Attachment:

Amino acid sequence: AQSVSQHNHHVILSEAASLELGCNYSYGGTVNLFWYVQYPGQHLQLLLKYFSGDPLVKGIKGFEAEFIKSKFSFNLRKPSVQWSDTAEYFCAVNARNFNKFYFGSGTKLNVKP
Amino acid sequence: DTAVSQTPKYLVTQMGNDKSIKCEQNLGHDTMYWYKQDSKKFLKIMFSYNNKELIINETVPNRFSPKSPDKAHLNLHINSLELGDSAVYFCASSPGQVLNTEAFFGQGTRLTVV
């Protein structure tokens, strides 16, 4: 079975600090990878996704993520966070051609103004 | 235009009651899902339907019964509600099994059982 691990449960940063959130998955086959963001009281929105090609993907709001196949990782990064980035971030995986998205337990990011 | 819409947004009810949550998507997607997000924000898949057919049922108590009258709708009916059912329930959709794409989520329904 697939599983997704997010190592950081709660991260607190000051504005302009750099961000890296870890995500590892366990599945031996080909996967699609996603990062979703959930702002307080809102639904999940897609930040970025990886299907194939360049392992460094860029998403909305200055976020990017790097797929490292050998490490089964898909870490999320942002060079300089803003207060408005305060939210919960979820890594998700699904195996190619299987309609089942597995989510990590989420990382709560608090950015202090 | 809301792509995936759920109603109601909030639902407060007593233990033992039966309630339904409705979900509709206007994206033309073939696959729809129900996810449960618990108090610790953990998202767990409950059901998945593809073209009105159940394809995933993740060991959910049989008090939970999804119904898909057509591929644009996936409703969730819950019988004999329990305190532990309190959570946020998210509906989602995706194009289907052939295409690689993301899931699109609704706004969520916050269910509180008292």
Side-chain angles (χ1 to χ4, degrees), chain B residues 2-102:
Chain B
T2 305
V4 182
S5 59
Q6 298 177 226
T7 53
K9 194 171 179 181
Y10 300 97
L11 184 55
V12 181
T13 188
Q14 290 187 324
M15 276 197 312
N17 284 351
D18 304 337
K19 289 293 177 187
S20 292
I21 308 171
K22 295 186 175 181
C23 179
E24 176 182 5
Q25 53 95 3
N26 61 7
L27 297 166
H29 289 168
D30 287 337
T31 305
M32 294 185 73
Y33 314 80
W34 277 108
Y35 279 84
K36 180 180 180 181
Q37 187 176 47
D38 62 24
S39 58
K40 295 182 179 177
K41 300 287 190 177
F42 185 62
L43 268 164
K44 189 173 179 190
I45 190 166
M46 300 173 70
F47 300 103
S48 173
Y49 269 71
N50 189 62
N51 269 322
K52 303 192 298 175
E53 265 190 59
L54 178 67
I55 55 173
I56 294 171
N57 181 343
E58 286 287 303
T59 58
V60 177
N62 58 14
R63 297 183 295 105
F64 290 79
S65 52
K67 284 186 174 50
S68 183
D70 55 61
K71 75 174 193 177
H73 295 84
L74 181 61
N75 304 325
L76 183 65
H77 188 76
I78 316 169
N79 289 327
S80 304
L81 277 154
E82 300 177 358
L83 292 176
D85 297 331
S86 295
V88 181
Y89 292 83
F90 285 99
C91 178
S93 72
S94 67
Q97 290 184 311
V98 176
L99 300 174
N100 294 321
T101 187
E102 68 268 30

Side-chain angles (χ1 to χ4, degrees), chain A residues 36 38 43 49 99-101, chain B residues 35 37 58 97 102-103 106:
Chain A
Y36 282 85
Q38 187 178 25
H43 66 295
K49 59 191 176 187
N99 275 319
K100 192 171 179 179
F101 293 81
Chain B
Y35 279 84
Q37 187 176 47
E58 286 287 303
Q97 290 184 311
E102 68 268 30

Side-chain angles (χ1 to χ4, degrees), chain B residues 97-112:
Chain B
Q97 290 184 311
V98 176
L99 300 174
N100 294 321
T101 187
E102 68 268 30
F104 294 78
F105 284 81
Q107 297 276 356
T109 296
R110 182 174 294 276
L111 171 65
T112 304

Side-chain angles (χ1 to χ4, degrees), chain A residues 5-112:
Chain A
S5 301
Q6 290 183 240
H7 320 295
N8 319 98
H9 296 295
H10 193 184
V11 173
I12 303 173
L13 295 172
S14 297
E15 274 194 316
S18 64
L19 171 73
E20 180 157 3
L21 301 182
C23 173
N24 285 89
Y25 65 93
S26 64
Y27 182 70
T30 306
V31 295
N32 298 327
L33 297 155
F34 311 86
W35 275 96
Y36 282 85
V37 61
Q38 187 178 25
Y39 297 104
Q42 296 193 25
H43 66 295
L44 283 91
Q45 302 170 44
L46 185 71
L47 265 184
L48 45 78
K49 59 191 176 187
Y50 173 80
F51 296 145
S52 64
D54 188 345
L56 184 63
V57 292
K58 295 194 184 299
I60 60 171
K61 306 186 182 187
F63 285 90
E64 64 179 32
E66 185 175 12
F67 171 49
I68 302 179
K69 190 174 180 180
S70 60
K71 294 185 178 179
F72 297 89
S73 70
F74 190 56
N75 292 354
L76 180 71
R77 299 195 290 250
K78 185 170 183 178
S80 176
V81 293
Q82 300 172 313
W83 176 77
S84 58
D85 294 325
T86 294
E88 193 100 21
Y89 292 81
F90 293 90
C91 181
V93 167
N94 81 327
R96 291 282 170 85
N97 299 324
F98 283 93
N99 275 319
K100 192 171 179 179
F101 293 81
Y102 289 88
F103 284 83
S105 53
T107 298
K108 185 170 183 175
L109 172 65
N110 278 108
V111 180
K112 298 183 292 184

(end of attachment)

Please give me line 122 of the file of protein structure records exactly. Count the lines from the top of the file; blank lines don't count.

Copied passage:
L111 171 65